A History Of Looking; Or, Why I Post Pictures Of My Children On The Internet

June 3, 2011

A couple of years ago, I received a very sweet e-mail from a self-professed ‘dedicated lurker’ who asked the following question: I wonder if you are ever concerned that your daughter’s (beautiful) image will remain in cyberspace, with no mechanism for you — or her — to reclaim it or her privacy?

She meant no disrespect by the question, she insisted; she just wanted to know. And she had been, she admitted, afraid to post the question as a public comment, because she was afraid of being misunderstood as judgmental. I understood her concern. The question makes a clear point: shouldn’t I have second thoughts about posting my daughter’s image, about sharing that image with strangers? Should I not be more protective? I have asked myself these questions many times. I have asked myself these questions countless times over the last few years.

I have not come up with any easy answers, but neither have I stopped posting pictures – and video – of Emilia and, now, her brother. Because even though, at the end of the day, I haven’t got an answer that fully responds all of the questions related to the ethics of posting pictures of one’s children online, I have come to the conclusion that I am acting within reasonable bounds of care when I post images of my kids. Those questions, and how I try to answer them for myself, would probably take two or three posts that I’m not up for writing about right now. What I am interested in writing about right now, however, is this question: why do I post pictures of my kids?

In his Camera Lucida (Reflections on Photography), Roland Barthes distinguishes between the studium of a photograph – that is, those elements of a photograph that provoke an interpretive (cultural, social, political) response – and the punctum of a photograph – that is, the element of a photograph that punctures, or wounds. The punctum, in other words, provokes an emotional response in the viewer by establishing a direct relationship between the viewer and the subject of the photograph. The punctum is, I think, the best argument for posting pictures of our families: I seek out photographs of other people’s children for the punctum; I post pictures of my children for the punctum.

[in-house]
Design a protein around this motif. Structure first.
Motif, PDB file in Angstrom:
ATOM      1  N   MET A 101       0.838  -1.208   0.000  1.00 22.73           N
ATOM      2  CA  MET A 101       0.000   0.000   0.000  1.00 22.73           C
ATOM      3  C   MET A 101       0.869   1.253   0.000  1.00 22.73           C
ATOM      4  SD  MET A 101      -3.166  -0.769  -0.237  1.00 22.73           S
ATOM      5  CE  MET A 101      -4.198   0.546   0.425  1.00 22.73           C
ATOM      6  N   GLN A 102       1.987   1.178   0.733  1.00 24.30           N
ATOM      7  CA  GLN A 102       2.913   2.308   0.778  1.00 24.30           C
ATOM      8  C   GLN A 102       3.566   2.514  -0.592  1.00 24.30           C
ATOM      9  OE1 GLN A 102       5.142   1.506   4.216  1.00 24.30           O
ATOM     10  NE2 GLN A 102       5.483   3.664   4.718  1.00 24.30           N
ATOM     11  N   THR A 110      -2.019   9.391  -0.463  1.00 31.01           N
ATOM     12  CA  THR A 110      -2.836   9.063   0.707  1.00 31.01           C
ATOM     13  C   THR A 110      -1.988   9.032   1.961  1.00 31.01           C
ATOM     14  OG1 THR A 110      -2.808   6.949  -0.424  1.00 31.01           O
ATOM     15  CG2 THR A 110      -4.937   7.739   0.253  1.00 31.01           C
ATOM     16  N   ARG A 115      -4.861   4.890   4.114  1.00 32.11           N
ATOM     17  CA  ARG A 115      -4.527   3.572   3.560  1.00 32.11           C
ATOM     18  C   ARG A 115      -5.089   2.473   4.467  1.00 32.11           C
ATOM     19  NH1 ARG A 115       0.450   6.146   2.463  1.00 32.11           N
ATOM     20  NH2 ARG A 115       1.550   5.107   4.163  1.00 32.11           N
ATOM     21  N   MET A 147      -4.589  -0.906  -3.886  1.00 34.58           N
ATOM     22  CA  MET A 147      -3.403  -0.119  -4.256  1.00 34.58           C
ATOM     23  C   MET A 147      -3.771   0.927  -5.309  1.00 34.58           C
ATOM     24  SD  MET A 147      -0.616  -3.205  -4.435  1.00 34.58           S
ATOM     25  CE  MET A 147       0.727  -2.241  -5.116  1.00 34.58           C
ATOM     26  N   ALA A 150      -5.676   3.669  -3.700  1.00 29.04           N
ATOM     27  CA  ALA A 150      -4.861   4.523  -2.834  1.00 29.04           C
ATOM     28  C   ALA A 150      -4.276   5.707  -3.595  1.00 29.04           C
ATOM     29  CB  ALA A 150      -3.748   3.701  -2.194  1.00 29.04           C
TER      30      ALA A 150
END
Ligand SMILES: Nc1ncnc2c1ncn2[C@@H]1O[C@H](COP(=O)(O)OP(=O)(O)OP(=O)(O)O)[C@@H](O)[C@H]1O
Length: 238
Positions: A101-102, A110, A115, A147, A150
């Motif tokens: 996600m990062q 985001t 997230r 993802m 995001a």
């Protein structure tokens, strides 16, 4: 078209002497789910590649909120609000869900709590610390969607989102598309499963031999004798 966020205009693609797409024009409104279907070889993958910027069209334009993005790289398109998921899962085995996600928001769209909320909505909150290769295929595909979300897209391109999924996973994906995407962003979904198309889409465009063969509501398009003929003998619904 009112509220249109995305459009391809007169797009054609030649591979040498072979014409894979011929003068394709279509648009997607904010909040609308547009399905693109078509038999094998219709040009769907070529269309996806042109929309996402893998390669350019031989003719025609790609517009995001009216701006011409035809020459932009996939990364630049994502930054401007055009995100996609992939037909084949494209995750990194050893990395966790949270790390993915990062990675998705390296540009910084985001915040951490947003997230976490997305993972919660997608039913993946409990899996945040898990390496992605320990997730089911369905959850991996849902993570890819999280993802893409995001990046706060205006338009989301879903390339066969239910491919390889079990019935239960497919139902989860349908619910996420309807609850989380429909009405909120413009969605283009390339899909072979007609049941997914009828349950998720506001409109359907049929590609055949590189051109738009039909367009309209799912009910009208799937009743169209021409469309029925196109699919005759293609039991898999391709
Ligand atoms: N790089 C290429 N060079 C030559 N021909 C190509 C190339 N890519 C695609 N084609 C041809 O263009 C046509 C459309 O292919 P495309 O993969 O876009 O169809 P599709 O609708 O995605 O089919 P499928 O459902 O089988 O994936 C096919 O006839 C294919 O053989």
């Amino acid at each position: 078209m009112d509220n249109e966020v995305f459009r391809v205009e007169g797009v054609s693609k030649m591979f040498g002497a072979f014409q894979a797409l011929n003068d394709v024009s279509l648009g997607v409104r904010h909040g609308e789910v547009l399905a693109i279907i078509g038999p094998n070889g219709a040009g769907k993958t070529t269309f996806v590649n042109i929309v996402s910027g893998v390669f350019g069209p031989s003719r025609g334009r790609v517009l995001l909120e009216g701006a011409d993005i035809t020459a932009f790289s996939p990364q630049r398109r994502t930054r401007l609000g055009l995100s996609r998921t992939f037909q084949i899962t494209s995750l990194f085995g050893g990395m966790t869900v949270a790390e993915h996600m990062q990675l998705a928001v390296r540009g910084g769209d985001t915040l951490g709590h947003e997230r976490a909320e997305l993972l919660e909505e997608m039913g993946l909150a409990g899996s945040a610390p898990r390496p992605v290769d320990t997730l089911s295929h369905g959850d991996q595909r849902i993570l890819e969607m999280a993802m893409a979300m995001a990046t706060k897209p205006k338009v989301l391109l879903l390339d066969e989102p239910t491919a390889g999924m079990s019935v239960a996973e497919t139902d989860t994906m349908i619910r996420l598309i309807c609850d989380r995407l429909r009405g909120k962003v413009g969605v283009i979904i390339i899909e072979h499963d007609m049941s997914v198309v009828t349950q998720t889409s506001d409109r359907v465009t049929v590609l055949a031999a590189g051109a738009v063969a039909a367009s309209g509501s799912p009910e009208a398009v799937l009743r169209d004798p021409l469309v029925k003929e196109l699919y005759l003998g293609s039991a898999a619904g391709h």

I post pictures of my children, and I seek out pictures of other parents’ children, because these photographs establish a relationship. I seek out those relationships as photographer, and as mother: I seek the poignant moment of understanding, the punctum, in photographs of other mothers’ (and fathers’) children; I look at those pictures and imagine that I see what those other parents see. I admire the curve of a cheek, the ridiculous angle of a pigtail, and I imagine that that was the detail that moved the photographer, the parent, in the moment that they clicked the shutter. I imagine that I see, in your photographs, for an instant, your child, through your eyes, and I am punctured by that moment – that fleeting moment – of connection. In that moment, I feel that understand you, because I understand, viscerally, your love for your child. I recognize our shared experience of intense, inexpressible love. I want to share my own experience of that inexpressible love with you, with someone. So I post my own pictures.

I want you to see and feel the details that I cannot adequately put to words. I want you to smile, suddenly, involuntarily, at the expression of quiet joy on Emilia’s face as she races she tilts her head to balance the silly blue wig perched there. I want that single, damp strawberry curl at the crown’s edge of Jasper’s forehead to grab at your heart and squeeze it, hard. I want the detail of the droplets of water in every bath photo and every swim photo to call to mind for you every bath and every swim that you have ever taken with your own child. I want these photographs to puncture the distance between us as parents, different people with different children, different lives. I want you to see my children through my eyes, to know my love for them, to recognize it as your own love for your own children. I want you to be punctured. This is not what Barthes meant, exactly – for Barthes, the photographer is absent from consideration in the experience of punctum, such that the only relevant relationship is that between the subject of the photograph and the individual who beholds the photograph. But we parents-as-performance-artists cannot separate ourselves from those beings that form the very core of, the very reason for, our art: we hold them out to each other as mirrors-cum-camera lucidae can you see yourself in my child? Can you see me in my child? See how my child looks at me, and how I look at my child! See what I see! See how I love! See how we love!

My reader worried that I expose too much, that we expose too much. I continue to worry about this, too. But I also feel, deeply, that the exposure – the candor, intentional and accidental – is necessary to our connections, to the humanity of the communities that we build, across universes of difference. I feel, deeply, that I would lose something, that we would lose something, if we kept ourselves and our children (these unique beings who are also and always extensions of myself) behind our fences, safe as houses, concealed from view.